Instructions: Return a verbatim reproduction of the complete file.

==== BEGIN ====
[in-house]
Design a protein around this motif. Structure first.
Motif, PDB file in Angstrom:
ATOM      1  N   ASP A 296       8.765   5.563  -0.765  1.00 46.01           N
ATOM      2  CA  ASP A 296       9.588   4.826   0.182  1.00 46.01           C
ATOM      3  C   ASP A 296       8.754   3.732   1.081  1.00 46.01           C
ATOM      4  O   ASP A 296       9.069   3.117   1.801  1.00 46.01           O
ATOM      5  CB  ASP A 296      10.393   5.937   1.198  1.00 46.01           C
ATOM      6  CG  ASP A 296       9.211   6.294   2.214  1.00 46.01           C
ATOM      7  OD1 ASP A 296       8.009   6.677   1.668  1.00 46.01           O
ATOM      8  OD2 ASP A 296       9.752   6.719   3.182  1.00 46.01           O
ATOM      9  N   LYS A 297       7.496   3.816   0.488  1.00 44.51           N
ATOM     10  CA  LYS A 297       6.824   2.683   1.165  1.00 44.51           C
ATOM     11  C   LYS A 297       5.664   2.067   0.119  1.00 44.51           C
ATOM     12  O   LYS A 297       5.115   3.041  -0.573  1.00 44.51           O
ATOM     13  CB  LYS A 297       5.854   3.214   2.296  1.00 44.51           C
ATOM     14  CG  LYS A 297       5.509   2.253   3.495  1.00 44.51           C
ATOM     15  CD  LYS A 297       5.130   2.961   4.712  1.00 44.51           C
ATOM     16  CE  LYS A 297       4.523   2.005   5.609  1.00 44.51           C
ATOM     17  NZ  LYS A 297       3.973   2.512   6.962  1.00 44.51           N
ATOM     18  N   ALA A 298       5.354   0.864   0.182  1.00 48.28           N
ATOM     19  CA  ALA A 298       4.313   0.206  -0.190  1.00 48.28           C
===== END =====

[in-house]
Design a protein around this motif. Structure first.
Motif, PDB file in Angstrom:
ATOM      1  N   ASP A 296       8.765   5.563  -0.765  1.00 46.01           N
ATOM      2  CA  ASP A 296       9.588   4.826   0.182  1.00 46.01           C
ATOM      3  C   ASP A 296       8.754   3.732   1.081  1.00 46.01           C
ATOM      4  O   ASP A 296       9.069   3.117   1.801  1.00 46.01           O
ATOM      5  CB  ASP A 296      10.393   5.937   1.198  1.00 46.01           C
ATOM      6  CG  ASP A 296       9.211   6.294   2.214  1.00 46.01           C
ATOM      7  OD1 ASP A 296       8.009   6.677   1.668  1.00 46.01           O
ATOM      8  OD2 ASP A 296       9.752   6.719   3.182  1.00 46.01           O
ATOM      9  N   LYS A 297       7.496   3.816   0.488  1.00 44.51           N
ATOM     10  CA  LYS A 297       6.824   2.683   1.165  1.00 44.51           C
ATOM     11  C   LYS A 297       5.664   2.067   0.119  1.00 44.51           C
ATOM     12  O   LYS A 297       5.115   3.041  -0.573  1.00 44.51           O
ATOM     13  CB  LYS A 297       5.854   3.214   2.296  1.00 44.51           C
ATOM     14  CG  LYS A 297       5.509   2.253   3.495  1.00 44.51           C
ATOM     15  CD  LYS A 297       5.130   2.961   4.712  1.00 44.51           C
ATOM     16  CE  LYS A 297       4.523   2.005   5.609  1.00 44.51           C
ATOM     17  NZ  LYS A 297       3.973   2.512   6.962  1.00 44.51           N
ATOM     18  N   ALA A 298       5.354   0.864   0.182  1.00 48.28           N
ATOM     19  CA  ALA A 298       4.313   0.206  -0.190  1.00 48.28           C